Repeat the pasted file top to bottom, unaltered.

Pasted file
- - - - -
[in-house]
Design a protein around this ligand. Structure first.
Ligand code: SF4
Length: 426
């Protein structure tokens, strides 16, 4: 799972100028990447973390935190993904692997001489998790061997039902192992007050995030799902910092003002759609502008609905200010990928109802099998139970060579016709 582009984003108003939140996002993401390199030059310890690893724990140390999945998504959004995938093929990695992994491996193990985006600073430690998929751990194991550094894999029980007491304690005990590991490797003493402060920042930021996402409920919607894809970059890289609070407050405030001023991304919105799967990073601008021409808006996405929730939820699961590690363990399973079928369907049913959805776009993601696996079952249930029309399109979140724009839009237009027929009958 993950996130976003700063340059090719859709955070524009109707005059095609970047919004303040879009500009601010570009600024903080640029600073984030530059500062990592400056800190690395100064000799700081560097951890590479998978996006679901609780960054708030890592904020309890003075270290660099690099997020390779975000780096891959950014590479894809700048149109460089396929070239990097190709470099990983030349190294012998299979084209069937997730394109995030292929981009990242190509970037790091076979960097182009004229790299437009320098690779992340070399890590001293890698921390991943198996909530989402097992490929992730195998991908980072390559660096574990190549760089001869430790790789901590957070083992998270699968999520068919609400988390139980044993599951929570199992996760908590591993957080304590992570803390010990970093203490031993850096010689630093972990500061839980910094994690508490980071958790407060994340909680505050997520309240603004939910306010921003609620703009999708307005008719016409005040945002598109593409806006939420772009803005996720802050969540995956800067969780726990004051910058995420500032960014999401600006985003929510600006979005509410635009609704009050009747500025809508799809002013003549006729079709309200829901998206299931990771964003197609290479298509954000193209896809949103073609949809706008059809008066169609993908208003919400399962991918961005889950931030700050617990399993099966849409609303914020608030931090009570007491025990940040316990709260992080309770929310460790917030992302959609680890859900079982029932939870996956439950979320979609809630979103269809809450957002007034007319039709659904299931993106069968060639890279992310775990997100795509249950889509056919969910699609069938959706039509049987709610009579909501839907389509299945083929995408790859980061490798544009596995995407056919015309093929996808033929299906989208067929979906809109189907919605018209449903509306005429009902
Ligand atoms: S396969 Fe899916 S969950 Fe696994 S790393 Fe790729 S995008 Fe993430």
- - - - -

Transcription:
[in-house]
Design a protein around this ligand. Structure first.
Ligand code: SF4
Length: 426
């Protein structure tokens, strides 16, 4: 799972100028990447973390935190993904692997001489998790061997039902192992007050995030799902910092003002759609502008609905200010990928109802099998139970060579016709 582009984003108003939140996002993401390199030059310890690893724990140390999945998504959004995938093929990695992994491996193990985006600073430690998929751990194991550094894999029980007491304690005990590991490797003493402060920042930021996402409920919607894809970059890289609070407050405030001023991304919105799967990073601008021409808006996405929730939820699961590690363990399973079928369907049913959805776009993601696996079952249930029309399109979140724009839009237009027929009958 993950996130976003700063340059090719859709955070524009109707005059095609970047919004303040879009500009601010570009600024903080640029600073984030530059500062990592400056800190690395100064000799700081560097951890590479998978996006679901609780960054708030890592904020309890003075270290660099690099997020390779975000780096891959950014590479894809700048149109460089396929070239990097190709470099990983030349190294012998299979084209069937997730394109995030292929981009990242190509970037790091076979960097182009004229790299437009320098690779992340070399890590001293890698921390991943198996909530989402097992490929992730195998991908980072390559660096574990190549760089001869430790790789901590957070083992998270699968999520068919609400988390139980044993599951929570199992996760908590591993957080304590992570803390010990970093203490031993850096010689630093972990500061839980910094994690508490980071958790407060994340909680505050997520309240603004939910306010921003609620703009999708307005008719016409005040945002598109593409806006939420772009803005996720802050969540995956800067969780726990004051910058995420500032960014999401600006985003929510600006979005509410635009609704009050009747500025809508799809002013003549006729079709309200829901998206299931990771964003197609290479298509954000193209896809949103073609949809706008059809008066169609993908208003919400399962991918961005889950931030700050617990399993099966849409609303914020608030931090009570007491025990940040316990709260992080309770929310460790917030992302959609680890859900079982029932939870996956439950979320979609809630979103269809809450957002007034007319039709659904299931993106069968060639890279992310775990997100795509249950889509056919969910699609069938959706039509049987709610009579909501839907389509299945083929995408790859980061490798544009596995995407056919015309093929996808033929299906989208067929979906809109189907919605018209449903509306005429009902
Ligand atoms: S396969 Fe899916 S969950 Fe696994 S790393 Fe790729 S995008 Fe993430």